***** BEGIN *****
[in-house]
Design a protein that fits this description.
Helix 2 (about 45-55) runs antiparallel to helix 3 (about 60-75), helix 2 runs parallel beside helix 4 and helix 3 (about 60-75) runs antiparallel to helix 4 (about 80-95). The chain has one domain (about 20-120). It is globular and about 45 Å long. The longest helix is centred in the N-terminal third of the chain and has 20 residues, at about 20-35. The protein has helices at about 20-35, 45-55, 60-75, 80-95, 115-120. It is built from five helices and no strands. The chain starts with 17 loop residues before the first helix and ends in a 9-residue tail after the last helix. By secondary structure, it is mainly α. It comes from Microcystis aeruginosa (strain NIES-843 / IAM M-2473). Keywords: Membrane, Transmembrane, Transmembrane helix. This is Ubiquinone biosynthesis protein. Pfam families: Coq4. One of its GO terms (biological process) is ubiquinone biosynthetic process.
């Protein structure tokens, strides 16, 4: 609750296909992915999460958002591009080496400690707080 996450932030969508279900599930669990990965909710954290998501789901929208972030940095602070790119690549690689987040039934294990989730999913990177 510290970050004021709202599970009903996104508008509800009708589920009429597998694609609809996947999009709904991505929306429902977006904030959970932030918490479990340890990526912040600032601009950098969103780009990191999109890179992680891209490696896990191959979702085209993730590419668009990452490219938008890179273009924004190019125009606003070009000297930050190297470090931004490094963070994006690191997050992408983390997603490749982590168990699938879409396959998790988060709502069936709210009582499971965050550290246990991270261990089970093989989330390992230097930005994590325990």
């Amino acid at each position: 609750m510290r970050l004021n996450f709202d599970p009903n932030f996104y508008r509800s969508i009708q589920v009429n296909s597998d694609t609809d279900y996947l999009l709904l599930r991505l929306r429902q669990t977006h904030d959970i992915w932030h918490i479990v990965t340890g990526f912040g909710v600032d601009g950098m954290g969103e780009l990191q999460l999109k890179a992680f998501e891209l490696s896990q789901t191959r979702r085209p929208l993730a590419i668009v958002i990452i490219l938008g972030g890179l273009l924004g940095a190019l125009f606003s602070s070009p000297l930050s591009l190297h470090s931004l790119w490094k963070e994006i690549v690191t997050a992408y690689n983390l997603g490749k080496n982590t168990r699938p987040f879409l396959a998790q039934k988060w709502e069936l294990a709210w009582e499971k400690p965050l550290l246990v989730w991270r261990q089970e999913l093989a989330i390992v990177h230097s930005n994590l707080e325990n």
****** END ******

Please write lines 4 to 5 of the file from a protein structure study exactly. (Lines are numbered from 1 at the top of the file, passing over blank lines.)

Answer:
């Protein structure tokens, strides 16, 4: 609750296909992915999460958002591009080496400690707080 996450932030969508279900599930669990990965909710954290998501789901929208972030940095602070790119690549690689987040039934294990989730999913990177 510290970050004021709202599970009903996104508008509800009708589920009429597998694609609809996947999009709904991505929306429902977006904030959970932030918490479990340890990526912040600032601009950098969103780009990191999109890179992680891209490696896990191959979702085209993730590419668009990452490219938008890179273009924004190019125009606003070009000297930050190297470090931004490094963070994006690191997050992408983390997603490749982590168990699938879409396959998790988060709502069936709210009582499971965050550290246990991270261990089970093989989330390992230097930005994590325990």
């Amino acid at each position: 609750m510290r970050l004021n996450f709202d599970p009903n932030f996104y508008r509800s969508i009708q589920v009429n296909s597998d694609t609809d279900y996947l999009l709904l599930r991505l929306r429902q669990t977006h904030d959970i992915w932030h918490i479990v990965t340890g990526f912040g909710v600032d601009g950098m954290g969103e780009l990191q999460l999109k890179a992680f998501e891209l490696s896990q789901t191959r979702r085209p929208l993730a590419i668009v958002i990452i490219l938008g972030g890179l273009l924004g940095a190019l125009f606003s602070s070009p000297l930050s591009l190297h470090s931004l790119w490094k963070e994006i690549v690191t997050a992408y690689n983390l997603g490749k080496n982590t168990r699938p987040f879409l396959a998790q039934k988060w709502e069936l294990a709210w009582e499971k400690p965050l550290l246990v989730w991270r261990q089970e999913l093989a989330i390992v990177h230097s930005n994590l707080e325990n």